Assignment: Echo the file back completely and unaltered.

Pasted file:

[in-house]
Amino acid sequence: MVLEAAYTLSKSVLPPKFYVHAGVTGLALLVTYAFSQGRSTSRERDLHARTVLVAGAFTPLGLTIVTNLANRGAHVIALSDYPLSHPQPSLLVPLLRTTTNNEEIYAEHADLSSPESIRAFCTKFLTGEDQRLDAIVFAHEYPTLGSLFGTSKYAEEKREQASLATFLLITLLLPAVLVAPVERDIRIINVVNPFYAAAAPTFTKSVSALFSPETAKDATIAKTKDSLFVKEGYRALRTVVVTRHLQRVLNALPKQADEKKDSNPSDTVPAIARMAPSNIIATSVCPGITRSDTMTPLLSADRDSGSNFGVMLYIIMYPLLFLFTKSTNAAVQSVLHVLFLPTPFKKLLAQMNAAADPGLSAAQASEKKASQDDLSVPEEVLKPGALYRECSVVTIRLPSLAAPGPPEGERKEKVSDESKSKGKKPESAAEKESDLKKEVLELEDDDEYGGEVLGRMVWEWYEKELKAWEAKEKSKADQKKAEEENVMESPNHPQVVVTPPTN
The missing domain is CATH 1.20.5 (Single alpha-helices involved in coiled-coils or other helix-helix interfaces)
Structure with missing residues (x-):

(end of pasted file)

[in-house]
Amino acid sequence: MVLEAAYTLSKSVLPPKFYVHAGVTGLALLVTYAFSQGRSTSRERDLHARTVLVAGAFTPLGLTIVTNLANRGAHVIALSDYPLSHPQPSLLVPLLRTTTNNEEIYAEHADLSSPESIRAFCTKFLTGEDQRLDAIVFAHEYPTLGSLFGTSKYAEEKREQASLATFLLITLLLPAVLVAPVERDIRIINVVNPFYAAAAPTFTKSVSALFSPETAKDATIAKTKDSLFVKEGYRALRTVVVTRHLQRVLNALPKQADEKKDSNPSDTVPAIARMAPSNIIATSVCPGITRSDTMTPLLSADRDSGSNFGVMLYIIMYPLLFLFTKSTNAAVQSVLHVLFLPTPFKKLLAQMNAAADPGLSAAQASEKKASQDDLSVPEEVLKPGALYRECSVVTIRLPSLAAPGPPEGERKEKVSDESKSKGKKPESAAEKESDLKKEVLELEDDDEYGGEVLGRMVWEWYEKELKAWEAKEKSKADQKKAEEENVMESPNHPQVVVTPPTN
The missing domain is CATH 1.20.5 (Single alpha-helices involved in coiled-coils or other helix-helix interfaces)
Structure with missing residues (x-):